This time of year is one of the best times for people to see Black-tailed Godwits in the UK. During the autumn and winter months our coasts and wetlands support wintering populations of around 43,000 Black-tailed Godwits. These are birds that breed up in Iceland and spend the non-breeding season with us here in the UK. And this winter population is actually increasing. But for the small number of Black-tailed Godwits that actually breed here in England, the picture is sadly a lot less rosy, and it’s this population of godwits that is the focus of Project Godwit and our conservation work through Back from the Brink.
One of the female Black-tailed Godwits from the Nene Washes breeding population, pictured in Senegal.
The small number of godwits that breed here in England are threatened with extinction, but they spend the winter in warming climes at wetlands in Portugal, Spain and West Africa. We still know relatively little about the timing and movements of “our” Black-tailed Godwits once they leave the breeding grounds and we’ve been trying to fill this knowledge gap through Project Godwit.
We’ve been fitting Black-tailed Godwits at the RSPB Nene Washes with coloured rings. This allows individual birds to be identified, meaning that we can receive sightings of birds from observers across the flyway. For example, one of our breeding females from the Nene Washes has been seen in Senegal for the last three winters in a row. When she was first re-sighted in 2016 this was the first time a bird breeding in the UK had been spotted in West Africa!
As well as receiving sightings from Senegal, France, Portugal and Spain, a number of birds marked under our project have been spotted by birdwatchers closer to home in Norfolk, Essex, Somerset and Hampshire. These sightings are helping us to build up a picture of the sites these birds use when they are outside of the project area.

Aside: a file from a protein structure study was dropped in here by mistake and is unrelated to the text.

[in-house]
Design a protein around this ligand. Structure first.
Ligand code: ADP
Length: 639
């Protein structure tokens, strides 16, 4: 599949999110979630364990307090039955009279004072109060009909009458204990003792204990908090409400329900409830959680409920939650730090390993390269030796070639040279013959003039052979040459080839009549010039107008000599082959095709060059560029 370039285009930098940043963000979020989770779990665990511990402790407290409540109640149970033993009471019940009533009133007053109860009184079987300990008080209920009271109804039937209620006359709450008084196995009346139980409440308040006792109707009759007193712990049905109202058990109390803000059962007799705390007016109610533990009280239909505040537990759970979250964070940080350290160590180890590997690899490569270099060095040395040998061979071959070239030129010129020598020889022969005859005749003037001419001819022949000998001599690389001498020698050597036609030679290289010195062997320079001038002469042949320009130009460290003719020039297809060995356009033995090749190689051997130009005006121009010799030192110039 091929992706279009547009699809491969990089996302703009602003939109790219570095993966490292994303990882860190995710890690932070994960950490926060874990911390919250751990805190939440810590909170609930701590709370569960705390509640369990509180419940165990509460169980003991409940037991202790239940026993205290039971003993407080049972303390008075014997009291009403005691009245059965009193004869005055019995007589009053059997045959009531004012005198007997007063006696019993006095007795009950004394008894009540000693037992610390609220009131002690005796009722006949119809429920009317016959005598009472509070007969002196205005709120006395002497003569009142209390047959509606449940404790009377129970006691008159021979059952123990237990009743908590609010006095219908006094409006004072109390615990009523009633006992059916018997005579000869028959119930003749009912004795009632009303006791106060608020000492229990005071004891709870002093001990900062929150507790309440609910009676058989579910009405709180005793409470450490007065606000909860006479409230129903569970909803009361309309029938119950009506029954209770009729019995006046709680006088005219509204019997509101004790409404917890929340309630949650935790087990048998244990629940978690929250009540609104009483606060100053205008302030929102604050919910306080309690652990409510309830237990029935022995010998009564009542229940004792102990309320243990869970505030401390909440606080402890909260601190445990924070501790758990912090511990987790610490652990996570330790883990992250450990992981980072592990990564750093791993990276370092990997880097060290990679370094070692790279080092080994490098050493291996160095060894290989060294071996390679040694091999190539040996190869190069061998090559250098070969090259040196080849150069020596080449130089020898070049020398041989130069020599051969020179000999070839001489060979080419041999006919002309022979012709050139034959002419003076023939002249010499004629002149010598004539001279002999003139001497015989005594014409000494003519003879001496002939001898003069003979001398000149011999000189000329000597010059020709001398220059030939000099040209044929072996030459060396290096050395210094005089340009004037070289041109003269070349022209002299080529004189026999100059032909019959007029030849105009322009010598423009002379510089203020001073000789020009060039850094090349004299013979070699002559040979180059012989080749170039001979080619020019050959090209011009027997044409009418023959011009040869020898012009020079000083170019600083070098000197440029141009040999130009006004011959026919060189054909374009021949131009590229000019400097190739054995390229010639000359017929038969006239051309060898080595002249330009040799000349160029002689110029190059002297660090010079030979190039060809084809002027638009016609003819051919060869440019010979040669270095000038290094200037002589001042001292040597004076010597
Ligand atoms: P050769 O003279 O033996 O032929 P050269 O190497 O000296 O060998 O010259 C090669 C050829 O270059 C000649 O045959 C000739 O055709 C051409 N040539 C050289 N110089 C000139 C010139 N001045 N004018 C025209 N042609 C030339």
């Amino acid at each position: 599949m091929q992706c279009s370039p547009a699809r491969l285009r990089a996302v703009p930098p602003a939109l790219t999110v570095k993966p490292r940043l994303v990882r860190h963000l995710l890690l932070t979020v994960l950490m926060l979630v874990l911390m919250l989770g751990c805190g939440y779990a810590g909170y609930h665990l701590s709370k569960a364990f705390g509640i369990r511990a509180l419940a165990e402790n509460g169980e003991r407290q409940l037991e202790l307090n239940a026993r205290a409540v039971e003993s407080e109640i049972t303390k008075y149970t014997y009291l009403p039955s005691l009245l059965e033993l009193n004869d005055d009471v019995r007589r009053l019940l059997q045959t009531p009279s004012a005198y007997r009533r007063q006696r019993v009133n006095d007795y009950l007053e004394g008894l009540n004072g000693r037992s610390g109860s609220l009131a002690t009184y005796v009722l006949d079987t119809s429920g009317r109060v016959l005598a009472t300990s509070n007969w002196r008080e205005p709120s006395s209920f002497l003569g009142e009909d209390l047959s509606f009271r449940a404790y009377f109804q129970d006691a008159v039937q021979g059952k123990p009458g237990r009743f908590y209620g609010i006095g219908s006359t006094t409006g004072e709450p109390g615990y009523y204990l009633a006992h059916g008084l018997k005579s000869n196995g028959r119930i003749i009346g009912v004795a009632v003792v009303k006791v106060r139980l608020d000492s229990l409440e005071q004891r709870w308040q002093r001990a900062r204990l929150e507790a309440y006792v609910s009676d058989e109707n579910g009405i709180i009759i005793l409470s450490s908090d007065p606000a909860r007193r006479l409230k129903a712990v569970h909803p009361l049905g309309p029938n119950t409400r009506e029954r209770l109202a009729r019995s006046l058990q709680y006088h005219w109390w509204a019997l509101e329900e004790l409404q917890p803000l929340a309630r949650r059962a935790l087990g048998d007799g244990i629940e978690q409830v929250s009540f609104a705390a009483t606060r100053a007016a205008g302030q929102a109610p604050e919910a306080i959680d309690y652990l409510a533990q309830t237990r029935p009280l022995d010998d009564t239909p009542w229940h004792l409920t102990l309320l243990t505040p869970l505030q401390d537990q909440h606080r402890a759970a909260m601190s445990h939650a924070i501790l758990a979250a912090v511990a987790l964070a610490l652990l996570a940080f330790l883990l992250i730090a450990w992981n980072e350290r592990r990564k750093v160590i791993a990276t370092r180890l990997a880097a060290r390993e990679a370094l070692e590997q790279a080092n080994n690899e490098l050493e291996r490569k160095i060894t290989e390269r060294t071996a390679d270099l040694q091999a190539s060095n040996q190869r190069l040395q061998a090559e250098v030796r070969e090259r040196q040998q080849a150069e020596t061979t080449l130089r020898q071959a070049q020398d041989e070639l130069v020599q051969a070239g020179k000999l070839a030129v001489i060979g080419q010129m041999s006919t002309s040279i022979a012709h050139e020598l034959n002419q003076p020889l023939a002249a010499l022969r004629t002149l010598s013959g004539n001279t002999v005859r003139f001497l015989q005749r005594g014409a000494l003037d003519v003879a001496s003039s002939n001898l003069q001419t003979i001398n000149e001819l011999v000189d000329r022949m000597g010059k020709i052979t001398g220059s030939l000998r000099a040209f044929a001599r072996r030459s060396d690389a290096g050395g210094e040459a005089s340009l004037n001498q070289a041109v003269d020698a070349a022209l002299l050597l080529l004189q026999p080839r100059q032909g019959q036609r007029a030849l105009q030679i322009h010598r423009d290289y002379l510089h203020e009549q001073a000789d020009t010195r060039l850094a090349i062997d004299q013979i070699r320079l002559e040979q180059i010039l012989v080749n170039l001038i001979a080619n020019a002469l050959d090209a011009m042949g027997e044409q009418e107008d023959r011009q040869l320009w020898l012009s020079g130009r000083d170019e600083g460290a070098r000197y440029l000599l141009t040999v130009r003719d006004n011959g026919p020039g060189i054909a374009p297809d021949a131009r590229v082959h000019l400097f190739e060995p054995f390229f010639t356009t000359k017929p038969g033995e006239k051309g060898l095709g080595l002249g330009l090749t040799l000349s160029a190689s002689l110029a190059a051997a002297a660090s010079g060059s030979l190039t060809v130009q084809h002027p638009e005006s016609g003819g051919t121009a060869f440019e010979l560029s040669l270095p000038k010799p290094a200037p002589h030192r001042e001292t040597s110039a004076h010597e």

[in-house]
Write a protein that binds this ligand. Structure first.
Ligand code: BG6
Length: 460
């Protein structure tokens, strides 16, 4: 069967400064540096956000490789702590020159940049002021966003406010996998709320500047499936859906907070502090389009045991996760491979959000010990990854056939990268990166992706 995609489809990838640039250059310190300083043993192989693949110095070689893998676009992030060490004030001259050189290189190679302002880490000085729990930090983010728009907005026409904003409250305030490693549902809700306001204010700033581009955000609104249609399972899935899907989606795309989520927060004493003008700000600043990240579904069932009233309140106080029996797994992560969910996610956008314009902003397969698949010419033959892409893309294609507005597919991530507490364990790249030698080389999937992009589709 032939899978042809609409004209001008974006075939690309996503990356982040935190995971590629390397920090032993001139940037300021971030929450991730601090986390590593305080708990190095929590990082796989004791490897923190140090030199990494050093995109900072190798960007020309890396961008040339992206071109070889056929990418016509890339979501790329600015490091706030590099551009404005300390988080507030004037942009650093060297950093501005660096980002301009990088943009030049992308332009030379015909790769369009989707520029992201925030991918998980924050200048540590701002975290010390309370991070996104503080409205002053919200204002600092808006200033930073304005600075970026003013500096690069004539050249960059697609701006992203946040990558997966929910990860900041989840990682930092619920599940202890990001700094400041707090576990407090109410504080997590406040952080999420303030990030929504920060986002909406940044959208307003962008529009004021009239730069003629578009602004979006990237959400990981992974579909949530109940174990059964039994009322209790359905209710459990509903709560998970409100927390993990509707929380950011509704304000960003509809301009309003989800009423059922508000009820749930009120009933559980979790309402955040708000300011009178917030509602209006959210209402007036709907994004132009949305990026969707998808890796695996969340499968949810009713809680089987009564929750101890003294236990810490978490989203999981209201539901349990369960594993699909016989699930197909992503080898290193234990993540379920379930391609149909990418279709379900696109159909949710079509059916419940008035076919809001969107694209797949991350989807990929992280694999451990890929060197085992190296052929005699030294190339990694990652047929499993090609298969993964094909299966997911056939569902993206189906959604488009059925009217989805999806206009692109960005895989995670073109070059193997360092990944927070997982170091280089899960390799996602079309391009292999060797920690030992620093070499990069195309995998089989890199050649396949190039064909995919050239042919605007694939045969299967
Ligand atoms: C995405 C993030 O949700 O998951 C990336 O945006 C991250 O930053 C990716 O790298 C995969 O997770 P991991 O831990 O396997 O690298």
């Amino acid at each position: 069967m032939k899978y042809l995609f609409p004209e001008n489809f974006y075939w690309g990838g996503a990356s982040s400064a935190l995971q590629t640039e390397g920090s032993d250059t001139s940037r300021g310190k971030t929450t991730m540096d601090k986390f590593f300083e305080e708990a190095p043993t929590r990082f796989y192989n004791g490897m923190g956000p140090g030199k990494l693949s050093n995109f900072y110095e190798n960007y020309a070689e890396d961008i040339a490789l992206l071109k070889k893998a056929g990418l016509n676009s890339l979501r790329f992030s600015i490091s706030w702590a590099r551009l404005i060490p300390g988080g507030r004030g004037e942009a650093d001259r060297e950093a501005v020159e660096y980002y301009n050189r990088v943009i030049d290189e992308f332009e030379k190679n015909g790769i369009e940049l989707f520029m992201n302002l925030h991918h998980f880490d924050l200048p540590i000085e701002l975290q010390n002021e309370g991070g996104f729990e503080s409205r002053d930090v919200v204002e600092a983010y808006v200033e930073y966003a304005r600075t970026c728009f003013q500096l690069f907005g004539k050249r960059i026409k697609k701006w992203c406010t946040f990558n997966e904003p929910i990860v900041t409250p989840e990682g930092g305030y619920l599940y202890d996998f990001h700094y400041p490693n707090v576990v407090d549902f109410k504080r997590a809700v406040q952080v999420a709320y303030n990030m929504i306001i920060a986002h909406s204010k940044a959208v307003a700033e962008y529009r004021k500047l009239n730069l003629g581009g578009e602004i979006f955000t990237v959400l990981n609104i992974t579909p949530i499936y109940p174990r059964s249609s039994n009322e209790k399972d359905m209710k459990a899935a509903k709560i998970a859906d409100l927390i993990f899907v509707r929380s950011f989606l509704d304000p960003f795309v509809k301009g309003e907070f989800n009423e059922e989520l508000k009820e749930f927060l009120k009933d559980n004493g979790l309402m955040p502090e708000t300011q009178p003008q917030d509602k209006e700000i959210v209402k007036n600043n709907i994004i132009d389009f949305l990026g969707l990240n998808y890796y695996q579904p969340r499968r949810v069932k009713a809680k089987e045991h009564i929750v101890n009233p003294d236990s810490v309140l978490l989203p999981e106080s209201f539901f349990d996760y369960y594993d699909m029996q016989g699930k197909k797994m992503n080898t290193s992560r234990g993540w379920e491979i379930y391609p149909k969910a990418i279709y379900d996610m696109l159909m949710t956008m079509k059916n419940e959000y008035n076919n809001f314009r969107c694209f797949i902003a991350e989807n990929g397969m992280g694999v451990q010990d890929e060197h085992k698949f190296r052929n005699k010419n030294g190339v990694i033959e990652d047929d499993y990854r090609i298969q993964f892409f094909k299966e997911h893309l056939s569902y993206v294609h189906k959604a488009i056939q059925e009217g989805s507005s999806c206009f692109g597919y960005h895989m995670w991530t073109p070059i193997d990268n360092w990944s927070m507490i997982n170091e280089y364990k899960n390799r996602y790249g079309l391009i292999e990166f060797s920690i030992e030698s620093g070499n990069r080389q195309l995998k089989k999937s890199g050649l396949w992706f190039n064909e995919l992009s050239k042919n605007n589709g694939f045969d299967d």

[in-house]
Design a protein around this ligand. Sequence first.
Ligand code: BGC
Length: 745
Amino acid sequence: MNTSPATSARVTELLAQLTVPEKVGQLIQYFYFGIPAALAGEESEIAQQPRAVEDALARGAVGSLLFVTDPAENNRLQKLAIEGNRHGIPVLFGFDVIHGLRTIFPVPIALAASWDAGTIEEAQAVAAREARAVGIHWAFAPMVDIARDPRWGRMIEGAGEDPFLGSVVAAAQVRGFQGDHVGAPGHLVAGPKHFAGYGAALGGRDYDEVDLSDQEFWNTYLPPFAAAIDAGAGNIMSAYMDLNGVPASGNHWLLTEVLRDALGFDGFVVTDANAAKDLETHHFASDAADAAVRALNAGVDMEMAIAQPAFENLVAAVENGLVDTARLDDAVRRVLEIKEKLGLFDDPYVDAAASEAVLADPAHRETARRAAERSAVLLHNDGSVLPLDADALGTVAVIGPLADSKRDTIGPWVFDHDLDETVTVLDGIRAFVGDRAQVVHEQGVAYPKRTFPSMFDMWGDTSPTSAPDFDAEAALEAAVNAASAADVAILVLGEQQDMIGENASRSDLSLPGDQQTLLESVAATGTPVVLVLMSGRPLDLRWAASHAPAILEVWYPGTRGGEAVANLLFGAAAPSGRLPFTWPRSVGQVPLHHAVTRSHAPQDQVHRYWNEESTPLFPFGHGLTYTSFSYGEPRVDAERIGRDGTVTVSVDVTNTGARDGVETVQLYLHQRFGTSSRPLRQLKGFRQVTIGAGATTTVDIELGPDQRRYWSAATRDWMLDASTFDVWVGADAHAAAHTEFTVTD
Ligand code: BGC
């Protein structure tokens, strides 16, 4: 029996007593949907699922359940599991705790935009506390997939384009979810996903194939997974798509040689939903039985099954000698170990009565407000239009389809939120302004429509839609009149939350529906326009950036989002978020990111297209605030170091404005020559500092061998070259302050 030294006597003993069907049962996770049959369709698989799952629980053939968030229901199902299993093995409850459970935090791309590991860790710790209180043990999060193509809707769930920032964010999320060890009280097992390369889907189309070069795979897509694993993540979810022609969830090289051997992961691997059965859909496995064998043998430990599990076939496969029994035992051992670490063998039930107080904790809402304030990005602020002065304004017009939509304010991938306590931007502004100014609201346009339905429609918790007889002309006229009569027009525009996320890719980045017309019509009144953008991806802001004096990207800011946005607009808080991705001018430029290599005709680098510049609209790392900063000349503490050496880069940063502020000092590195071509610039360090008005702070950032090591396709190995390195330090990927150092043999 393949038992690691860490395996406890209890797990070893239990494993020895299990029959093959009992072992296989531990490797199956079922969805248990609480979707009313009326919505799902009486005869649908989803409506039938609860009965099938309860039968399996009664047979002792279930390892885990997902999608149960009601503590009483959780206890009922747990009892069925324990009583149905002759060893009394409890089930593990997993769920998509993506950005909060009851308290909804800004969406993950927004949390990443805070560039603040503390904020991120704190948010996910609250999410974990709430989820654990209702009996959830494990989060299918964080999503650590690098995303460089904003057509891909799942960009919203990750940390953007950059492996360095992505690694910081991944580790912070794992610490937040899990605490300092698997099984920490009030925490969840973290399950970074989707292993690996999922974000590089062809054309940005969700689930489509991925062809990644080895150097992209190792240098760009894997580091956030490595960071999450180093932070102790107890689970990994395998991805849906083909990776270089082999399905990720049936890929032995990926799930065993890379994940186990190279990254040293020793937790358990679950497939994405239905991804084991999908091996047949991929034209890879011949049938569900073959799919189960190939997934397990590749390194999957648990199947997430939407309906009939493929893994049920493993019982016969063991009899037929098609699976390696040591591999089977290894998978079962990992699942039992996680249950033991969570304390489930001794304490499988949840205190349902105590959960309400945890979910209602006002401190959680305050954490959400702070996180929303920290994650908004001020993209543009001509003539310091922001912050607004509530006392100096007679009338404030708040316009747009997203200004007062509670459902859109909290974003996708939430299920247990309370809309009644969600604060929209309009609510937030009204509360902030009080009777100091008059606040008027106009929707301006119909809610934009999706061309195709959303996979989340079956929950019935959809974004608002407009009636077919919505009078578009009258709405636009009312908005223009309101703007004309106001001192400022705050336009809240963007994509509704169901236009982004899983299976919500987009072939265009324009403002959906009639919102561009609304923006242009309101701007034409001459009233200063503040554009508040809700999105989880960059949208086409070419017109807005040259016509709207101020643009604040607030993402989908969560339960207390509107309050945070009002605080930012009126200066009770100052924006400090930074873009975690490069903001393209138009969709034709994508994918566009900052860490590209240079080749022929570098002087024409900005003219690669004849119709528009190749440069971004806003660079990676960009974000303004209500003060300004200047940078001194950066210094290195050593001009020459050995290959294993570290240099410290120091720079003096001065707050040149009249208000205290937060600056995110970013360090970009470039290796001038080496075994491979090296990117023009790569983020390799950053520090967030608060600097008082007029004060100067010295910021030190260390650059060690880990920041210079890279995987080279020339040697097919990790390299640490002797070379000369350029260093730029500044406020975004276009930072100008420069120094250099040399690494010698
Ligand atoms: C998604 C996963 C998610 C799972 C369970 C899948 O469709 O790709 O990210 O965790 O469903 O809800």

A black-tailed godwit is released after being fitted with a geolocator.
Colour ring sightings are fantastic, but they still only provide us with details of where a bird has been at a particular point in time. To build a more complete picture of the godwits movements, we’ve been fitting some of the birds with geolocators. Geolocators are tiny light-weight tracking devices, which can be fitted to a leg-ring or flag. Using geolocators is helping us build a more complete picture not only of the locations these birds are using, but also the schedule of their migration. It’s early days for this work - one of the difficulties of using geolocators is that you have to recapture the bird in order to retrieve the tag – but one of the tracks we’ve been able to retrieve from a tagged bird is shown below. What’s perhaps most striking about these data are the huge distances that the godwits are able to cover in just a matter of days - the female wearing this tag left southern Senegal on the 12 of February and was recorded in southern Spain just two days later on the 14 February.
None of this would be possible without the bird watchers and observers who spend their time looking for ringed birds. We’d like to thank everyone who has helped us keep an eye out for these special birds. If you think you have seen a godwit with a lime ring letter E, you can let us know about it here https://projectgodwit.org.uk/get-involved/report-a-sighting/
Black-tailed Godwit project officer.
Would you like to help these incredible species? There are numerous ways in which you can:
- Why not volunteer for Back from the Brink? Check out our events page for opportunities near you.
- Help us to spread the word of this species, and the others we will be helping over the next 3 years, by sharing our message across our Twitter, Facebook, Instagram and YouTube pages. Follow us: @naturebftb.
- Finally - help support the work we do across England by donating. Our impact will be greater with your help.